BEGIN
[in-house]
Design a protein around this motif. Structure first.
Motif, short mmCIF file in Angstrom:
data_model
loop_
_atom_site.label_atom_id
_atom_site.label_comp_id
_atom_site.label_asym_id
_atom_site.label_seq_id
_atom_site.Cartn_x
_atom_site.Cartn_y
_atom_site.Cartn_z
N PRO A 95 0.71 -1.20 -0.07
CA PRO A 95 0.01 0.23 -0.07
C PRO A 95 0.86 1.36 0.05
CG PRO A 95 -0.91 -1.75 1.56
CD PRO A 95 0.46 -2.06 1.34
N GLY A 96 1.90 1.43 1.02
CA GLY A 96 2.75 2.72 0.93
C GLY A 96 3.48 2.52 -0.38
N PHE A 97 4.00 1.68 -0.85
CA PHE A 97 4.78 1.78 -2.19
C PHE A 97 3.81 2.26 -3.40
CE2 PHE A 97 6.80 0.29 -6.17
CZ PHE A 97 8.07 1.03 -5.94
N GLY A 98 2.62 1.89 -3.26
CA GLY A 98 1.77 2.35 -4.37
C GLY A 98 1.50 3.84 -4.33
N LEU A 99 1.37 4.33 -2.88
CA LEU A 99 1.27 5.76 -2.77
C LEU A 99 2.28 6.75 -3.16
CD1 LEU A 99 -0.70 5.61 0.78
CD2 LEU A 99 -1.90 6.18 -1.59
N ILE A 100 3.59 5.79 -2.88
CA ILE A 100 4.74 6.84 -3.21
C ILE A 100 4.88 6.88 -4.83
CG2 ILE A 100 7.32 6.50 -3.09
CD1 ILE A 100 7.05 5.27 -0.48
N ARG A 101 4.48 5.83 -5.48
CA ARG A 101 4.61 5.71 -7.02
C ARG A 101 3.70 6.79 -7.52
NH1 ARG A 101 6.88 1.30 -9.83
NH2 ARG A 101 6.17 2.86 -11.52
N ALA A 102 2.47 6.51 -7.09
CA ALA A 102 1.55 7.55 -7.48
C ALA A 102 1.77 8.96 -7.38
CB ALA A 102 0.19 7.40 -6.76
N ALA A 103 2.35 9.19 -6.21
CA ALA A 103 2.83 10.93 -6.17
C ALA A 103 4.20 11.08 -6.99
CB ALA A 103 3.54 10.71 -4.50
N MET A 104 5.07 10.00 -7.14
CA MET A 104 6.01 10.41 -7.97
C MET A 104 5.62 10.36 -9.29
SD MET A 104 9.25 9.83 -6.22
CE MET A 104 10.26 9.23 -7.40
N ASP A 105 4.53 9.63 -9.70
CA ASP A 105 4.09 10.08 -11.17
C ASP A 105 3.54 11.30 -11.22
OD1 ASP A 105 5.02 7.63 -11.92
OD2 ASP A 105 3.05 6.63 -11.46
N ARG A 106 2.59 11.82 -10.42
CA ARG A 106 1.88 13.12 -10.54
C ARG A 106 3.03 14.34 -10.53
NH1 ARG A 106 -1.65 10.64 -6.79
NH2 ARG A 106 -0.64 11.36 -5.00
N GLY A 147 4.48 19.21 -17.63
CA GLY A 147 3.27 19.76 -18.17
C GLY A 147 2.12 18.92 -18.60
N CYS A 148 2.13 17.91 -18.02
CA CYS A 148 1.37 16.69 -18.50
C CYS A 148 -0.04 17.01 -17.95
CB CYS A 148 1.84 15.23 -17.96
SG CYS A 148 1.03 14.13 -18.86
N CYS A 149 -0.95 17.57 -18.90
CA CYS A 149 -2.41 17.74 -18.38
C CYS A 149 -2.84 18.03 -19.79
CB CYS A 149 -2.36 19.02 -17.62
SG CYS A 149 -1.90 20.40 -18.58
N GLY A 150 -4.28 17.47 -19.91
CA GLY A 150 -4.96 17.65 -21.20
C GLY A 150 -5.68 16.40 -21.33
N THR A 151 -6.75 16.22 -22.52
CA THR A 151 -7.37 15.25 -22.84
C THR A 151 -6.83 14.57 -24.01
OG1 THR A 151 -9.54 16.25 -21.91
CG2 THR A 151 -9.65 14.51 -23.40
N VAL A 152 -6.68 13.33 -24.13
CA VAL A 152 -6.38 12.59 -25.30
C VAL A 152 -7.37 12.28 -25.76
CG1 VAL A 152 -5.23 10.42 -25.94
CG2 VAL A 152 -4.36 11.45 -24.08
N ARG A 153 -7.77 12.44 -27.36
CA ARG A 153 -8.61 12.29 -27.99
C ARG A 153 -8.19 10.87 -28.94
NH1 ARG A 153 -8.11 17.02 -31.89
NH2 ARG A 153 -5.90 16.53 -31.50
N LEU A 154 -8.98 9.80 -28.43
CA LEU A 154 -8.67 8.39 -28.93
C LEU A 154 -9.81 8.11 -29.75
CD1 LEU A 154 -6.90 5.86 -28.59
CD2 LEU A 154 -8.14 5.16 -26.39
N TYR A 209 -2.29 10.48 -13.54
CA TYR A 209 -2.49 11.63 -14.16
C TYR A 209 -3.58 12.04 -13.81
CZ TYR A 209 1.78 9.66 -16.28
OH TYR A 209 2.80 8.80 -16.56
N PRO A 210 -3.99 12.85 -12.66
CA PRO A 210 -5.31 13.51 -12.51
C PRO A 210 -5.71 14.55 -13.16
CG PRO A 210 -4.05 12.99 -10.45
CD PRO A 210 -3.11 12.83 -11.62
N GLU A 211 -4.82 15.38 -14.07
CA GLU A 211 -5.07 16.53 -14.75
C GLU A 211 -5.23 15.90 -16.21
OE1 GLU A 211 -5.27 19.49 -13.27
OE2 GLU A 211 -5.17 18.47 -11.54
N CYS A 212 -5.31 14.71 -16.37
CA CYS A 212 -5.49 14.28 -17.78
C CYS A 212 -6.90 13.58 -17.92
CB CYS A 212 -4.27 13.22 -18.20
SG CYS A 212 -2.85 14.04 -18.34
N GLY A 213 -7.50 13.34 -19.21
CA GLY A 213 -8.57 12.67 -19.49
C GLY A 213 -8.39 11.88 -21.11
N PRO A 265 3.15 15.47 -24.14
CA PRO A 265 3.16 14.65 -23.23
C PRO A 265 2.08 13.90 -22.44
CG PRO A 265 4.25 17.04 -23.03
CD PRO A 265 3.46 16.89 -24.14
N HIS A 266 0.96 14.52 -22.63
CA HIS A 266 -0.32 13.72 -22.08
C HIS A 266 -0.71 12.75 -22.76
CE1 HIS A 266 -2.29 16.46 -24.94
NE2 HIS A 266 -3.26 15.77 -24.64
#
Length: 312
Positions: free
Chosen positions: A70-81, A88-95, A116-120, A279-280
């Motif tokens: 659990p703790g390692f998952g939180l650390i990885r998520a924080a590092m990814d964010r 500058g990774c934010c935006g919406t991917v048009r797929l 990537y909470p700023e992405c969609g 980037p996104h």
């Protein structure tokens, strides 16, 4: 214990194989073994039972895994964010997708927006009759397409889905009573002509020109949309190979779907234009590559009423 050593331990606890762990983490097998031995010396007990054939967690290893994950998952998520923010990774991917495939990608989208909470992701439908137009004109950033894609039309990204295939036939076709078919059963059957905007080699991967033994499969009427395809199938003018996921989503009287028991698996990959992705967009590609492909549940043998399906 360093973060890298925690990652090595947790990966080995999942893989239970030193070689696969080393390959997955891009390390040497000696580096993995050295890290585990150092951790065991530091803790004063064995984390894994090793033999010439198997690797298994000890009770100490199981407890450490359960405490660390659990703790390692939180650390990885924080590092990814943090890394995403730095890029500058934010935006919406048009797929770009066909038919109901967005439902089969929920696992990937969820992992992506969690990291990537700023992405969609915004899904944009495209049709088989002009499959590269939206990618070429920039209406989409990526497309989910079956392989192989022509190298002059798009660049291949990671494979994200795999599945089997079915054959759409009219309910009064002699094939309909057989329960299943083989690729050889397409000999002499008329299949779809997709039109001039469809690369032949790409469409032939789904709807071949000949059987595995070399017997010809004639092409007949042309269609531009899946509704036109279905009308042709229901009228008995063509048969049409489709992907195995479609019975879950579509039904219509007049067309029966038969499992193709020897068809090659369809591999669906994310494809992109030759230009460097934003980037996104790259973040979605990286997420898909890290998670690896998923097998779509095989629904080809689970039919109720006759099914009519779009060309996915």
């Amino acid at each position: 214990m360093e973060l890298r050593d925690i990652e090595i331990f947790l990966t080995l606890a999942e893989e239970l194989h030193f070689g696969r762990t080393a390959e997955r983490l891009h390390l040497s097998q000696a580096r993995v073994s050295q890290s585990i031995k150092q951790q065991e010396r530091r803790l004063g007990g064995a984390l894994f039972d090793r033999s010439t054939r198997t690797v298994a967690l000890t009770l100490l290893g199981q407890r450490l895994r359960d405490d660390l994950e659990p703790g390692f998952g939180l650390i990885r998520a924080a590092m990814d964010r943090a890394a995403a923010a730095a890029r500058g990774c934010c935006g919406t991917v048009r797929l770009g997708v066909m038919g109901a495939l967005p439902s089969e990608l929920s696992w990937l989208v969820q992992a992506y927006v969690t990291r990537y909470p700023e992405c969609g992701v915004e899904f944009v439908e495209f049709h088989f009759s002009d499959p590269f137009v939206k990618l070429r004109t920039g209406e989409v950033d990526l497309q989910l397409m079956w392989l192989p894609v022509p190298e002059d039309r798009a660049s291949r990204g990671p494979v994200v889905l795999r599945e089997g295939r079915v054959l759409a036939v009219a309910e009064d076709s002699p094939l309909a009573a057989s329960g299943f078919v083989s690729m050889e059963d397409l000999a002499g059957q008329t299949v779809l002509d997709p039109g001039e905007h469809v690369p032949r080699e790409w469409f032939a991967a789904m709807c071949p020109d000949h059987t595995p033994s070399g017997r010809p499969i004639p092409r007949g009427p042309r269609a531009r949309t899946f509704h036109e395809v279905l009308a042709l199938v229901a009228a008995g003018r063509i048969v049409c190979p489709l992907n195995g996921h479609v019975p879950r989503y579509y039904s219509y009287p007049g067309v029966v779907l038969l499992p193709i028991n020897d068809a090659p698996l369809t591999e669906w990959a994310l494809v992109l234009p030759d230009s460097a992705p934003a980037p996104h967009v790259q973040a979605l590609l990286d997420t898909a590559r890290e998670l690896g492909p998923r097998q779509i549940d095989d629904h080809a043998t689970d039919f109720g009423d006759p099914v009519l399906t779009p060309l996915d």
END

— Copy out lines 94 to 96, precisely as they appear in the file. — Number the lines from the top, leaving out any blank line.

CA ARG A 153 -8.61 12.29 -27.99
C ARG A 153 -8.19 10.87 -28.94
NH1 ARG A 153 -8.11 17.02 -31.89